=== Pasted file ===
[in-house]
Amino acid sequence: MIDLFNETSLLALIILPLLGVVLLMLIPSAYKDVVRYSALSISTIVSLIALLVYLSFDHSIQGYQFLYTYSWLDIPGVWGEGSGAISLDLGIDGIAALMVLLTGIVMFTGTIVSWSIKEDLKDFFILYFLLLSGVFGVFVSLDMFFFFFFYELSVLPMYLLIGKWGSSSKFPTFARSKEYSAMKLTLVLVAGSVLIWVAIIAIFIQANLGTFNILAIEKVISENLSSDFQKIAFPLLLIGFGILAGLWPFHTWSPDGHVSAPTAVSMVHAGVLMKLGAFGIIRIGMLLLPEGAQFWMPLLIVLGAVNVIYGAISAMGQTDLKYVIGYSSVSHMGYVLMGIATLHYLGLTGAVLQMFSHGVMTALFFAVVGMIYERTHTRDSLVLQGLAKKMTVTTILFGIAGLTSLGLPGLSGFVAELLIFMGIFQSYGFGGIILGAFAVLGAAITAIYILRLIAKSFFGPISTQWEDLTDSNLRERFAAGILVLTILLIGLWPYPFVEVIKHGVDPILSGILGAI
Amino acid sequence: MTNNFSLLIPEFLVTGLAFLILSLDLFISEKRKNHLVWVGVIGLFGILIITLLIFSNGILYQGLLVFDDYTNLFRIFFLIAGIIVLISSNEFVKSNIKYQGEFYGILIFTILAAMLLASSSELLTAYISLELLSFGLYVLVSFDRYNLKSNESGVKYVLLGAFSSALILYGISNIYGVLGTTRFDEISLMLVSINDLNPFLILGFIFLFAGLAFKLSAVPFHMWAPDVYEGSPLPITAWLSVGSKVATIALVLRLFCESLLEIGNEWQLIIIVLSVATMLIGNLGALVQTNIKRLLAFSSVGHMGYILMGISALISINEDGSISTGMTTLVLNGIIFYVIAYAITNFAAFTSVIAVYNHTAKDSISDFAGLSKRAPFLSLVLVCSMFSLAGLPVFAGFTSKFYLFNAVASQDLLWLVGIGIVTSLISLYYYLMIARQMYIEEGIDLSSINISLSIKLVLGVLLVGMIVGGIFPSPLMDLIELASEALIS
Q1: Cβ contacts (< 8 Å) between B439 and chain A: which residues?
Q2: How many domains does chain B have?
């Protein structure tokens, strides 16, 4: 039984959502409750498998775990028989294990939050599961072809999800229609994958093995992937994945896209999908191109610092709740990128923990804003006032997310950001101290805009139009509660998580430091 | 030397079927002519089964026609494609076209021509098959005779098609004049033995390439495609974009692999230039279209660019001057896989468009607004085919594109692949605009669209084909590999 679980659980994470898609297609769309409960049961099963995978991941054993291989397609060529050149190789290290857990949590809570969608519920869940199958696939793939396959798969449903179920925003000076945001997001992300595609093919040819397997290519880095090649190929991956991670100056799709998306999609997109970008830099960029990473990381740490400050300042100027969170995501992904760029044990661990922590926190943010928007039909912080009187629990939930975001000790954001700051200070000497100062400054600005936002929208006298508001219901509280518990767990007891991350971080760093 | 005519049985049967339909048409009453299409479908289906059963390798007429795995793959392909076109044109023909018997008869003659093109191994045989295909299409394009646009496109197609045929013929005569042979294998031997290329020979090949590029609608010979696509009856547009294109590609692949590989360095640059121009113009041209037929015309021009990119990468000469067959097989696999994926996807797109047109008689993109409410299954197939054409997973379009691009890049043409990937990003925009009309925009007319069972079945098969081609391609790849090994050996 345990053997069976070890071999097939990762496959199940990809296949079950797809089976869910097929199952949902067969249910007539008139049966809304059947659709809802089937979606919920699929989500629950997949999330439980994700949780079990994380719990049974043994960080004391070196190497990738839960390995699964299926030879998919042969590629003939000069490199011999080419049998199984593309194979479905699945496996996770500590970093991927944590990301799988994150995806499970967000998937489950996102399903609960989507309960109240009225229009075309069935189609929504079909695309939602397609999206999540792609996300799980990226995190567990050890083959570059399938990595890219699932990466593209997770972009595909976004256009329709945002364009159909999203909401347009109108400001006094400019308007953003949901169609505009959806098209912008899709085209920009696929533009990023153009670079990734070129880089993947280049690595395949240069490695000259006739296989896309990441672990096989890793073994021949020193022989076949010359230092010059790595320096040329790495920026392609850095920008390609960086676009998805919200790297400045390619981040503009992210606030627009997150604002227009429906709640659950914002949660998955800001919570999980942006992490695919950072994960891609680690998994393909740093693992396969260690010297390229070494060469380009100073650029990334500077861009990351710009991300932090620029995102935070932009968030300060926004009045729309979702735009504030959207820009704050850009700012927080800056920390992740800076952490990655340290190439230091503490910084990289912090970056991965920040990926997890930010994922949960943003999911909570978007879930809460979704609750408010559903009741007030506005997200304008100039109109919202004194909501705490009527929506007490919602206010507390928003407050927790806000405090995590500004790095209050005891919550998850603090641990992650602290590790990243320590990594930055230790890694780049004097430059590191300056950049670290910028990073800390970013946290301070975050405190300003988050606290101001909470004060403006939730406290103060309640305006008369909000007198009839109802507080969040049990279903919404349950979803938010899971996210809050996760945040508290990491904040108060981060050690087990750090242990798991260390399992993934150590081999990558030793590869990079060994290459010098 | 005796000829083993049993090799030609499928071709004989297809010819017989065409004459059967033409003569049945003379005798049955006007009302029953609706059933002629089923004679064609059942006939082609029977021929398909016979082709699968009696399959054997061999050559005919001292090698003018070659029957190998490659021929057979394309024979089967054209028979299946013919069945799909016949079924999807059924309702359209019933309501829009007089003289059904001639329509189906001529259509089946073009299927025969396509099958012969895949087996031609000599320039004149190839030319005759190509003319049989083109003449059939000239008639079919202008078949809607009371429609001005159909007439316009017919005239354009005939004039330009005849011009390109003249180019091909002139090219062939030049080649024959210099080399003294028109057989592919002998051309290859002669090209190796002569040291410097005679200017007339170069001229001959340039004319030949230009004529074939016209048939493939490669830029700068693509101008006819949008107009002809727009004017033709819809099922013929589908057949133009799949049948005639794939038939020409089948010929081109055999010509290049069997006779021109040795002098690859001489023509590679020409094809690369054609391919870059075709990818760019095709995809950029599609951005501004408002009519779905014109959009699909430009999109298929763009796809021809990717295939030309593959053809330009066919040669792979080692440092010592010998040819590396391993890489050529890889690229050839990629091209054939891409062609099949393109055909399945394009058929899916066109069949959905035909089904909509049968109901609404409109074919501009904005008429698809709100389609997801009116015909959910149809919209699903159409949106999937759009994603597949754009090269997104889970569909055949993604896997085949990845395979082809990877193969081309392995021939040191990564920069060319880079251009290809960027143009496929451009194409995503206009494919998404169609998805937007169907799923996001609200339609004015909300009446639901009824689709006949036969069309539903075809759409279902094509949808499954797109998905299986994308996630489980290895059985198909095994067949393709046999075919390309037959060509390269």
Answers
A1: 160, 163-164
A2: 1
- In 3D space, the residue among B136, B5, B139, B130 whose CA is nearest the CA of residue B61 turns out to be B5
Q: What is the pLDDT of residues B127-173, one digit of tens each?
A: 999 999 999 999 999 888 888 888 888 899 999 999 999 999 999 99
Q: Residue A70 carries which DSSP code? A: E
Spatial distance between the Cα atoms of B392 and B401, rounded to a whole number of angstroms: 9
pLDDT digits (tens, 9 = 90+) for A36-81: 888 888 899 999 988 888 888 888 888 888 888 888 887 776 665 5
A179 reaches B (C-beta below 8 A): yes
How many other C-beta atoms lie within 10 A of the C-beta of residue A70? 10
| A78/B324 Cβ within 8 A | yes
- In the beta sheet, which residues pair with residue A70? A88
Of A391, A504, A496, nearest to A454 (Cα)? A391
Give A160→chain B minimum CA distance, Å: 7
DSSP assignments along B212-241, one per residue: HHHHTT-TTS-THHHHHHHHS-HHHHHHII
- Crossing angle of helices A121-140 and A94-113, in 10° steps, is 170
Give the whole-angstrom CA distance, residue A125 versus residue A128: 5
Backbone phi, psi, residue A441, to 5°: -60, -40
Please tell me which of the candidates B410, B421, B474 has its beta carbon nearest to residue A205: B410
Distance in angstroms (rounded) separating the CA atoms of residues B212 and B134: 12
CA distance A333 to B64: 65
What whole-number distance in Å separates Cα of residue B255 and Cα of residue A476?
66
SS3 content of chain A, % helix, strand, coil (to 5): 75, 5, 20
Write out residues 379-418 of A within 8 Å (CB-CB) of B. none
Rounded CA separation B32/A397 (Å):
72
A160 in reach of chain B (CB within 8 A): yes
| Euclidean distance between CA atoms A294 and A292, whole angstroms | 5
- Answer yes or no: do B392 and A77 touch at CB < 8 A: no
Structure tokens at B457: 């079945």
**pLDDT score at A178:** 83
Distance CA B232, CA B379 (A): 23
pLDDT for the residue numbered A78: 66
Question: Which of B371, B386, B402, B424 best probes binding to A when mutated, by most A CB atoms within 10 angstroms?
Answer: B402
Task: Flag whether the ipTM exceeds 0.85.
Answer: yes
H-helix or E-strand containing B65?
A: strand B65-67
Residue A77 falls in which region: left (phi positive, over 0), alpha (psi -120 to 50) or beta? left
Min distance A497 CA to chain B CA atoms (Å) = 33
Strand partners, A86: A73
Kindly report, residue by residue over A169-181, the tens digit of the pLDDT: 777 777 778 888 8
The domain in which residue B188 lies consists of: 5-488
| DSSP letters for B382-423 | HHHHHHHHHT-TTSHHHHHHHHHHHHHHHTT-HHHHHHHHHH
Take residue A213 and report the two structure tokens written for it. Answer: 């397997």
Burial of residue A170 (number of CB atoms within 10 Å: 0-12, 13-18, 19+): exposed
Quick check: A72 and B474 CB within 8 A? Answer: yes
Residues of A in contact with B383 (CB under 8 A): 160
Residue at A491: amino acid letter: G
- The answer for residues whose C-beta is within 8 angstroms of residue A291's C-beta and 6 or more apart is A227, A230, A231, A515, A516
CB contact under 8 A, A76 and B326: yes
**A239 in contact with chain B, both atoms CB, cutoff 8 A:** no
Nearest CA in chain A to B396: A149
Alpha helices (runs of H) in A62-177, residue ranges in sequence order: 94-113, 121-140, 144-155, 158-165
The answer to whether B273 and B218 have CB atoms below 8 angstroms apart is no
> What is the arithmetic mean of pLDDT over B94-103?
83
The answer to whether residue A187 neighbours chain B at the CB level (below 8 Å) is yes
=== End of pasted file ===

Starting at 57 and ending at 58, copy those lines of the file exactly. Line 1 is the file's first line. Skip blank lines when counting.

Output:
Residues of A in contact with B383 (CB under 8 A): 160
Residue at A491: amino acid letter: G